19. A deep sequencing analysis of transcriptomes and the development of EST-SSR markers in mungbean (Vigna radiata).

    PubMed

    Liu, Changyou; Fan, Baojie; Cao, Zhimin; Su, Qiuzhu; Wang, Yan; Zhang, Zhixiao; Wu, Jing; Tian, Jing

    2016-09-01

    Mungbean (Vigna radiata L. Wilczek) is one of the most important leguminous food crops in Asia. We employed Illumina paired-end sequencing to analyse transcriptomes of three different mungbean genotypes. A total of 38.3-39.8 million pairedend reads with 73 bp lengths were generated. The pooled reads from the three libraries were assembled into 56,471 transcripts. Following a cluster analysis, 43,293 unigenes were obtained with an average length of 739 bp and N50 length of 1176 bp. Of the unigenes, 34,903 (80.6%) had significant similarity to known proteins in the NCBI nonredundant protein database (Nr), while 21,450 (58.4%) had BLAST hits in the Swiss-Prot database (E-value<10⁻⁵). Further, 1245 differential expression genes were detected among three mungbean genotypes. In addition, we identified 3788 expressed sequence tag-simple sequence repeat (EST-SSR) motifs that could be used as potential molecular markers. Among 320 tested loci, 310 (96.5%) yielded amplification products, and 151 (47.0%) exhibited polymorphisms among six mungbean accessions. These transcriptome data and mungbean EST-SSRs could serve as a valuable resource for novel gene discovery and the marker-assisted selective breeding of this species. PMID:27659323

  20. Effect of mungbean (Vigna radiate) living mulch on density and dry weight of weeds in corn (Zea mays) field.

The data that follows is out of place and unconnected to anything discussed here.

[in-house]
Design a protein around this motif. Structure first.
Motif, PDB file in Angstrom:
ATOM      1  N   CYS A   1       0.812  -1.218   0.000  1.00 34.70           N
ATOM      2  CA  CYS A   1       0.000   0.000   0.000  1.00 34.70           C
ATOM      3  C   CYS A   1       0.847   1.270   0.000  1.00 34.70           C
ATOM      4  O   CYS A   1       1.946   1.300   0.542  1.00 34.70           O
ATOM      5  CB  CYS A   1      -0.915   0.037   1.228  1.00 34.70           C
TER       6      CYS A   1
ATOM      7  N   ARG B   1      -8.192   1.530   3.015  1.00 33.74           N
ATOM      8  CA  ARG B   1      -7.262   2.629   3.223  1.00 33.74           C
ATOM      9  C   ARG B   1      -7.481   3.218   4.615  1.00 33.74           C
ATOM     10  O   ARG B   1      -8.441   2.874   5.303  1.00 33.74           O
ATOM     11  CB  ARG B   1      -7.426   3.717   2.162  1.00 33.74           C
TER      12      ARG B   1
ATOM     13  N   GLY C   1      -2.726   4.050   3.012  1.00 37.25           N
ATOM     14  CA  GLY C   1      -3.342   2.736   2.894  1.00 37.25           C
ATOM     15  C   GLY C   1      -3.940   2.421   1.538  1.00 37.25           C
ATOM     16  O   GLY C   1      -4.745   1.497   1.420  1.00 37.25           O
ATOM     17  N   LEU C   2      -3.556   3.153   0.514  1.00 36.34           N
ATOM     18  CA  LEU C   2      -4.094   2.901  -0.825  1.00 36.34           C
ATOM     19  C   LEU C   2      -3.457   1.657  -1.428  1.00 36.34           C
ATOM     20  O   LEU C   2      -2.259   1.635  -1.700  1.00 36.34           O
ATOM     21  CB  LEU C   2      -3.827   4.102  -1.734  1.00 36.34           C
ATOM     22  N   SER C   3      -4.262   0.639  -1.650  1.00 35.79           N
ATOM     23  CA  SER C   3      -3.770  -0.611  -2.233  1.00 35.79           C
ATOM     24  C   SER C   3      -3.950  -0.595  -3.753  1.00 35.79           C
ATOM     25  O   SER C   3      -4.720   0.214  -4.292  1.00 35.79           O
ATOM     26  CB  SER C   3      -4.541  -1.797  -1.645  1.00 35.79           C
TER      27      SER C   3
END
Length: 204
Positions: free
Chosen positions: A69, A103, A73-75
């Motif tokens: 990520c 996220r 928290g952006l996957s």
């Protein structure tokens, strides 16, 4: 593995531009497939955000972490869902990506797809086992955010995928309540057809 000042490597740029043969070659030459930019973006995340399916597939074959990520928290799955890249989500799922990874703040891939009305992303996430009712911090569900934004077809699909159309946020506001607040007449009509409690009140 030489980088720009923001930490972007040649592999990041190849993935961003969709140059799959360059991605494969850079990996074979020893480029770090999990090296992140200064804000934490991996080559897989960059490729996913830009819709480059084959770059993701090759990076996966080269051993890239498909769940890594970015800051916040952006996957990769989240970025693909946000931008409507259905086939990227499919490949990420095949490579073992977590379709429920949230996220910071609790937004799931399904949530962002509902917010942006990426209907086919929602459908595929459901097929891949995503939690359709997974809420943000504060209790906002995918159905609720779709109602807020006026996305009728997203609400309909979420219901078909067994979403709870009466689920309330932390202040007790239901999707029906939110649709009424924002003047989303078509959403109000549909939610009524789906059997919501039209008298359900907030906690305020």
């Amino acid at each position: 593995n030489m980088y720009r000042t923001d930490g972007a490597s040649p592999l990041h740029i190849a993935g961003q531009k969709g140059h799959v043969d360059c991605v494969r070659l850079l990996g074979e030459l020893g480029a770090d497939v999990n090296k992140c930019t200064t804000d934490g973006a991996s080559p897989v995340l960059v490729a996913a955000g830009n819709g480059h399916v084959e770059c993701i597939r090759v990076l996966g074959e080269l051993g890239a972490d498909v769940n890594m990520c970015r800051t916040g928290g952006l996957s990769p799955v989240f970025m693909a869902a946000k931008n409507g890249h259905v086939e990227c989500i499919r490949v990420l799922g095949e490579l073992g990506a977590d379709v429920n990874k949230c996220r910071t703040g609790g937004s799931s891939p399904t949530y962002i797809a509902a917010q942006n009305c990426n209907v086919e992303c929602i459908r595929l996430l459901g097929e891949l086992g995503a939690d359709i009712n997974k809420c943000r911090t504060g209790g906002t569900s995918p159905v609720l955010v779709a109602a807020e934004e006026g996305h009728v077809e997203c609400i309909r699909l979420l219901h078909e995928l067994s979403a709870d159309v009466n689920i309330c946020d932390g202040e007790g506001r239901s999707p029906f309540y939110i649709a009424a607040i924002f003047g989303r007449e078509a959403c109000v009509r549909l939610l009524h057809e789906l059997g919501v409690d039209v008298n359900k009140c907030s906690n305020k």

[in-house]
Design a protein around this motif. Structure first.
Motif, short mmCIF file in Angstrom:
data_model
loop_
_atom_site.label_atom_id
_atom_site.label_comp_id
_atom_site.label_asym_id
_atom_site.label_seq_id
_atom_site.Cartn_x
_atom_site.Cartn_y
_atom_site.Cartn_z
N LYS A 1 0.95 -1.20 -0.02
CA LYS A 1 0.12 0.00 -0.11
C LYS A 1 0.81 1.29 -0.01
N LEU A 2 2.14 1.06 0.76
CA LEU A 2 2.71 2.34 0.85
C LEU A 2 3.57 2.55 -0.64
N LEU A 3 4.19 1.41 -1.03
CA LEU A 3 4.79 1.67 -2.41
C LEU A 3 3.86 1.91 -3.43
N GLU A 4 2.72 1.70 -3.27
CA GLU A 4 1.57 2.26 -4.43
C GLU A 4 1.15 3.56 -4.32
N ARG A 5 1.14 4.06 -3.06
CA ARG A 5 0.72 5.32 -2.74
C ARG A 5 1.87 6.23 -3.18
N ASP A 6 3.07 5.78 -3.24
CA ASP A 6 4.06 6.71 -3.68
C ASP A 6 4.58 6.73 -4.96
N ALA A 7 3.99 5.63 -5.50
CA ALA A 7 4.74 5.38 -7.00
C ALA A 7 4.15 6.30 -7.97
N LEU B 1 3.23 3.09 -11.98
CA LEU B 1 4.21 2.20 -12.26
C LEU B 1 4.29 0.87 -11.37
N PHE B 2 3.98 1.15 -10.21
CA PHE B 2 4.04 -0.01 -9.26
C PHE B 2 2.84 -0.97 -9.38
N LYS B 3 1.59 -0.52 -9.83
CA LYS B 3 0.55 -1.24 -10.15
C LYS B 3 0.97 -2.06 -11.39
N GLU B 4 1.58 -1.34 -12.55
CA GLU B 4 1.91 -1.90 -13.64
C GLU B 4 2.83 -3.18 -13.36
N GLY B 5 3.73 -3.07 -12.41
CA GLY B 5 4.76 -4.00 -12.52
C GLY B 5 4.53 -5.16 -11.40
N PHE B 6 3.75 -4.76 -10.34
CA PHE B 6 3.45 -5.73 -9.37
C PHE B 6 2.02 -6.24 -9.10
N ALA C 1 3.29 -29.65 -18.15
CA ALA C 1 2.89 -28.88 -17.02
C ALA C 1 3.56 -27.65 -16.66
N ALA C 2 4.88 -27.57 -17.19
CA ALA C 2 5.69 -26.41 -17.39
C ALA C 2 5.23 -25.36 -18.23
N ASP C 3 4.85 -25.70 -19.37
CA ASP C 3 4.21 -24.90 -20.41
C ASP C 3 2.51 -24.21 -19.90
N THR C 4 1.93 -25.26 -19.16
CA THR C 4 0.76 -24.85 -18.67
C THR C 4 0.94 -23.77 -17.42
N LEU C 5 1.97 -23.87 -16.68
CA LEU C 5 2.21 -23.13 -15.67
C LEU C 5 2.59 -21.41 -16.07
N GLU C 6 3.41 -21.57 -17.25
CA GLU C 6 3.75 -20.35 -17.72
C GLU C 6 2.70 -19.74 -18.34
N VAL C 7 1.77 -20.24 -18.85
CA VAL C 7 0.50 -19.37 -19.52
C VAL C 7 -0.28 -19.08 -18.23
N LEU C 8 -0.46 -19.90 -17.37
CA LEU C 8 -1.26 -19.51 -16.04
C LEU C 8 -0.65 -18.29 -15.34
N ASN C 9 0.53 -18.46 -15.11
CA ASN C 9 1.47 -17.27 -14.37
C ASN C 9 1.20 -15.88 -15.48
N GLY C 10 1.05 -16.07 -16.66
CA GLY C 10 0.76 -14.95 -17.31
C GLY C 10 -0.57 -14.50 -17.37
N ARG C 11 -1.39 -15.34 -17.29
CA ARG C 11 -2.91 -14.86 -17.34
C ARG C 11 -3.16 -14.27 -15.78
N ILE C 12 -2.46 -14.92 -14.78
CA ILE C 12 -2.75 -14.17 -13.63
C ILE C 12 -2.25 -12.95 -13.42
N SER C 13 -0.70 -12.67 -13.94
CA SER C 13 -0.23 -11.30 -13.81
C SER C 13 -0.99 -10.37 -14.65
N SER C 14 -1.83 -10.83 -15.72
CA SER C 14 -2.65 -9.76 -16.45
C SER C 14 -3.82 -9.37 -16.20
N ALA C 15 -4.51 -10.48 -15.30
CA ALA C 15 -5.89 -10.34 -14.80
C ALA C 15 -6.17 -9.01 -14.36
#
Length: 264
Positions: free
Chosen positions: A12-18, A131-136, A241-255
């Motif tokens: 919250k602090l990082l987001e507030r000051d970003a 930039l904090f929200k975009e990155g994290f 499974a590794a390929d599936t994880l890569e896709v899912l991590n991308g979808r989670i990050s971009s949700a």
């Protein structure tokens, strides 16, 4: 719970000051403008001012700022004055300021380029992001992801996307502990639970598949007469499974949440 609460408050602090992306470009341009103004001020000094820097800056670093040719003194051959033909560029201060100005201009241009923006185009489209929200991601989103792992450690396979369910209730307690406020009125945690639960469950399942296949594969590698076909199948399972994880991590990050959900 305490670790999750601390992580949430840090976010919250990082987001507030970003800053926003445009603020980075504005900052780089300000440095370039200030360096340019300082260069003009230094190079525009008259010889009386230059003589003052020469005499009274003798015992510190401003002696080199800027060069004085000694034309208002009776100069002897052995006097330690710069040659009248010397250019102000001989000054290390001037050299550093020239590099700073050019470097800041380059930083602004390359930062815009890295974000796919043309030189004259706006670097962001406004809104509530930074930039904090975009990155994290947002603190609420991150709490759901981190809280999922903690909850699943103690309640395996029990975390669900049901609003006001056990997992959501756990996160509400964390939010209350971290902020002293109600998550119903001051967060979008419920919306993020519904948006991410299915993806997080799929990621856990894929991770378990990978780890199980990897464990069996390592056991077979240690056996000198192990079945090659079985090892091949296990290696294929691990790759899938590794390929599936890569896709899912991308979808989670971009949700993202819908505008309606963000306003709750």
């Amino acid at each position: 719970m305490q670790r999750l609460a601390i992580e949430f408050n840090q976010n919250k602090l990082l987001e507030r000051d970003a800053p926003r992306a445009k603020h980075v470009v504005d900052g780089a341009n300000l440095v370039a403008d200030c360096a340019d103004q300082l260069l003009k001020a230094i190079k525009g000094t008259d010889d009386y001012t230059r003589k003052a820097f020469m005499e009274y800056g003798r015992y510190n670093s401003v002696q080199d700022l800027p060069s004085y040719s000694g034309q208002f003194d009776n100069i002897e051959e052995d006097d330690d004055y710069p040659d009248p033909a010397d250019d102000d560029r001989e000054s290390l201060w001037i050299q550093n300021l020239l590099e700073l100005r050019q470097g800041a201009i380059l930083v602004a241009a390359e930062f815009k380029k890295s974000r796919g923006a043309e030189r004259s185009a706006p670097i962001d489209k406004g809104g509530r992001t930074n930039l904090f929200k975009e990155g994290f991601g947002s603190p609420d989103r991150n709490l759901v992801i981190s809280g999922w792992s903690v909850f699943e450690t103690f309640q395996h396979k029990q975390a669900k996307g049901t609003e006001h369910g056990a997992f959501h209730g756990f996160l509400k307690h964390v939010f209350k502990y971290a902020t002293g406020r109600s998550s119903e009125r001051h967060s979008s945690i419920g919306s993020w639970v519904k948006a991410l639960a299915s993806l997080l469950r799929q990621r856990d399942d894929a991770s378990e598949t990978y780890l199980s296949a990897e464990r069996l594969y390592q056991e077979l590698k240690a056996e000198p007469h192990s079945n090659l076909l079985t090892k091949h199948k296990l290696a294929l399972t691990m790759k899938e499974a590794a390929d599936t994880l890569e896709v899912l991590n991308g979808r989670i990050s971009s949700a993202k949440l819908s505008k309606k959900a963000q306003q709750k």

PubMed

    Moghadam, M Bakhtiari; Vazan, S; Darvishi, B; Golzardi, F; Farahani, M Esfini

    2011-01-01

    Living mulch is a suitable solution for weeds ecological management and is considered as an effective method in decreasing of weeds density and dry weight. In order to evaluate of mungbean living mulch effect on density and dry weight of weeds in corn field, an experiment was conducted as a split plot based on randomized complete block design with four blocks in Research Field of Department of Agronomy, Karaj Branch, Islamic Azad University in 2010. Main plots were time of mungbean suppression with 2,4-D herbicide in four levels (4, 6, 8 and 10 leaves stages of corn) and control without weeding and sub plots were densities of mungbean in three levels (50%, 100% and 150% more than optimum density). Density and dry weight of the weeds were measured in all plots with a quadrate (60 x 100 cm) in 10 days after tasseling. Totally, 9 species of weeds were identified in the field, which included 4 broad leave species that were existed in all plots. The results showed that the best time for suppression of mungbean is the 8 leaves stage of corn, which decreased density and dry weight of weeds, 53% and 51% in comparison with control, respectively. Increase of density of mungbean from 50% into 150% more than optimum density, decrease the density and dry weight of weeds, 27.5% and 22%, respectively. It is concluded that the best time and density for suppression mungbean was 8 leaves stage of corn, and 150% more than optimum density, which decreased density and dry weight of the weeds 69% and 63.5% in comparison with control, respectively.

  1. Physicochemical and flavor characteristics of flavoring agent from mungbean protein hydrolyzed by bromelain.

    PubMed

    Sonklin, Chanikan; Laohakunjit, Natta; Kerdchoechuen, Orapin

    2011-08-10